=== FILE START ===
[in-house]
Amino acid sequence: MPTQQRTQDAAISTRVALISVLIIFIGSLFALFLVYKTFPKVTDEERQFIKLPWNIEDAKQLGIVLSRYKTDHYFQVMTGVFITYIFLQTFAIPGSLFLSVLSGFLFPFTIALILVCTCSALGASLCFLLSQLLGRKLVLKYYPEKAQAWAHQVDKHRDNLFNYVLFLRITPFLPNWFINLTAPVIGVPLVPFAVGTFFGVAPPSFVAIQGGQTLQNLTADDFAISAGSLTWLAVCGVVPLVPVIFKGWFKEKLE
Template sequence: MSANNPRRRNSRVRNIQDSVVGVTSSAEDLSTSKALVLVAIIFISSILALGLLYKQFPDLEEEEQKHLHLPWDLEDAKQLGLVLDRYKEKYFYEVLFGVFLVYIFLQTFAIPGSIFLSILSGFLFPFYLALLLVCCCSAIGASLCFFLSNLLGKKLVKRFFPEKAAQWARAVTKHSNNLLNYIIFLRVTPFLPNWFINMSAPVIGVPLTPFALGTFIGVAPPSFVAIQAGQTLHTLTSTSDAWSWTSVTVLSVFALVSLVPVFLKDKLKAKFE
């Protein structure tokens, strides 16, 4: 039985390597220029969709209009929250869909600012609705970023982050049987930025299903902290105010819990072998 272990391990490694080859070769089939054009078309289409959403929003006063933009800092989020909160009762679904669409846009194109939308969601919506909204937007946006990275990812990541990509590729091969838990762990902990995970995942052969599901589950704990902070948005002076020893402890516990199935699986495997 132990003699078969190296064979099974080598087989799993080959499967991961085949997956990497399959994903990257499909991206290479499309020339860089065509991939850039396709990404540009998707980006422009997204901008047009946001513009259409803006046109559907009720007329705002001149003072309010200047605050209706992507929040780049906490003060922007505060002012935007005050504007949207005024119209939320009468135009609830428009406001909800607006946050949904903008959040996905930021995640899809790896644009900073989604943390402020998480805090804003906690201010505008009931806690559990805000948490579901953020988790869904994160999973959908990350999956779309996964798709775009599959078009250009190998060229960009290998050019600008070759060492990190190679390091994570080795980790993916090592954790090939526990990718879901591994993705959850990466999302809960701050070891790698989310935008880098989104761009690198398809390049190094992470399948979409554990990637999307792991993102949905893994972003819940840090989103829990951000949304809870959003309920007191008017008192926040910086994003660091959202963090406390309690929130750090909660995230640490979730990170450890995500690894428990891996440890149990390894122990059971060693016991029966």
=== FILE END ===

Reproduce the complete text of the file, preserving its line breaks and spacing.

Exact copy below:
[in-house]
Amino acid sequence: MPTQQRTQDAAISTRVALISVLIIFIGSLFALFLVYKTFPKVTDEERQFIKLPWNIEDAKQLGIVLSRYKTDHYFQVMTGVFITYIFLQTFAIPGSLFLSVLSGFLFPFTIALILVCTCSALGASLCFLLSQLLGRKLVLKYYPEKAQAWAHQVDKHRDNLFNYVLFLRITPFLPNWFINLTAPVIGVPLVPFAVGTFFGVAPPSFVAIQGGQTLQNLTADDFAISAGSLTWLAVCGVVPLVPVIFKGWFKEKLE
Template sequence: MSANNPRRRNSRVRNIQDSVVGVTSSAEDLSTSKALVLVAIIFISSILALGLLYKQFPDLEEEEQKHLHLPWDLEDAKQLGLVLDRYKEKYFYEVLFGVFLVYIFLQTFAIPGSIFLSILSGFLFPFYLALLLVCCCSAIGASLCFFLSNLLGKKLVKRFFPEKAAQWARAVTKHSNNLLNYIIFLRVTPFLPNWFINMSAPVIGVPLTPFALGTFIGVAPPSFVAIQAGQTLHTLTSTSDAWSWTSVTVLSVFALVSLVPVFLKDKLKAKFE
């Protein structure tokens, strides 16, 4: 039985390597220029969709209009929250869909600012609705970023982050049987930025299903902290105010819990072998 272990391990490694080859070769089939054009078309289409959403929003006063933009800092989020909160009762679904669409846009194109939308969601919506909204937007946006990275990812990541990509590729091969838990762990902990995970995942052969599901589950704990902070948005002076020893402890516990199935699986495997 132990003699078969190296064979099974080598087989799993080959499967991961085949997956990497399959994903990257499909991206290479499309020339860089065509991939850039396709990404540009998707980006422009997204901008047009946001513009259409803006046109559907009720007329705002001149003072309010200047605050209706992507929040780049906490003060922007505060002012935007005050504007949207005024119209939320009468135009609830428009406001909800607006946050949904903008959040996905930021995640899809790896644009900073989604943390402020998480805090804003906690201010505008009931806690559990805000948490579901953020988790869904994160999973959908990350999956779309996964798709775009599959078009250009190998060229960009290998050019600008070759060492990190190679390091994570080795980790993916090592954790090939526990990718879901591994993705959850990466999302809960701050070891790698989310935008880098989104761009690198398809390049190094992470399948979409554990990637999307792991993102949905893994972003819940840090989103829990951000949304809870959003309920007191008017008192926040910086994003660091959202963090406390309690929130750090909660995230640490979730990170450890995500690894428990891996440890149990390894122990059971060693016991029966």